A new nef report finds an average of 7 out of every 10 TACs were set exceeding scientific advice over the last fifteen years.
Recently published in the journal of Marine Policy, the New Economics Foundation (nef) has published a report titled Landing the blame, analysing the influence of Member States on fisheries quota decisions. The Fisheries Council determines fishing quotas in closed-door meetings, with outcomes often exceeding scientific advice and frequently out of line with legislated principles in the Common Fisheries Policy.
The analysis shows an average of 7 out of every 10 Total Allowable Catch (TAC) quotas were set exceeding scientific advice. As a percentage of the total biomass represented by these TACs, nef found that the TACs exceeded scientific advice on average by 20%. Per Member State, Denmark and the UK obtained the most excess TAC when measured in raw tonnes. As a percentage of their own TAC however, Spain and Portugal obtained the most excess TAC. The Council’s recent decisions on Baltic TACs for 2016 are no exception to this pattern of poor adherence to scientific advice and the Common Fisheries Policy. In the interests of transparency, nef published a white paper with the complete data behind their analysis, showing how they derived their figures.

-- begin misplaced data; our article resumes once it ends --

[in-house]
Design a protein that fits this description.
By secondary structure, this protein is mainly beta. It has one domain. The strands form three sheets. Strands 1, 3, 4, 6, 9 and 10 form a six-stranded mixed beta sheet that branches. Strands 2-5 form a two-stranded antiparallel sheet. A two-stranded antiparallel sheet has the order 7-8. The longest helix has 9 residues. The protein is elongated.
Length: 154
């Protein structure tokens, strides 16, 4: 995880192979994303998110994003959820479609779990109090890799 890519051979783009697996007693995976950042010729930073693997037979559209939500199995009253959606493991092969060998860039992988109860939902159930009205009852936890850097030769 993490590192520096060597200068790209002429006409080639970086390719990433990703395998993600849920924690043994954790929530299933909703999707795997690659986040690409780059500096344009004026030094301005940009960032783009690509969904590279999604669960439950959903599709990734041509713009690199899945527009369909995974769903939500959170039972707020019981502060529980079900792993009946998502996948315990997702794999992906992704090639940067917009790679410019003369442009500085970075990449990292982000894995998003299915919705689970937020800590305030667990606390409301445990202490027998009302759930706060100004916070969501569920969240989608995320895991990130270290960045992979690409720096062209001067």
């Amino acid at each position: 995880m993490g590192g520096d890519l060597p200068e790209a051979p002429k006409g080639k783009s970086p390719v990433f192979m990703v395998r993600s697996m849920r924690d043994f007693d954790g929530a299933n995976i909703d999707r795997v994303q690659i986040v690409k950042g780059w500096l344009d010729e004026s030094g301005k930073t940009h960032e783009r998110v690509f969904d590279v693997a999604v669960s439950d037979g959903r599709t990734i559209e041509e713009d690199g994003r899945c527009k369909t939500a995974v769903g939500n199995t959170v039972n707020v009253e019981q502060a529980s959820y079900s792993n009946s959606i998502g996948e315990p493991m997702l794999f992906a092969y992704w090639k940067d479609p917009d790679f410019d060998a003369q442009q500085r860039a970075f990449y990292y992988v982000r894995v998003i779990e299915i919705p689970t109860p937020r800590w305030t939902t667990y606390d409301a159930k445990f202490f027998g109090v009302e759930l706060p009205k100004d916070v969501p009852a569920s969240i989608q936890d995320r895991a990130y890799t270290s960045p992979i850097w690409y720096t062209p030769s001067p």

As noted in the nef report, while it is likely that the Member States with the greatest excess quota have lobbied specifically for this opportunity to overfish, “the only way to verify these outcomes is with greater transparency in the process.”
We continue to work for the integration of scientific advice, recently collaborating with Seas at Risk in a detailed letter to Fisheries Ministers across Europe encouraging them to follow the principles of the Common Fisheries Policy for 2016 quotas in the North Atlantic and North Sea. The Fisheries Council will determine these quotas at their upcoming meeting on 14-15 December.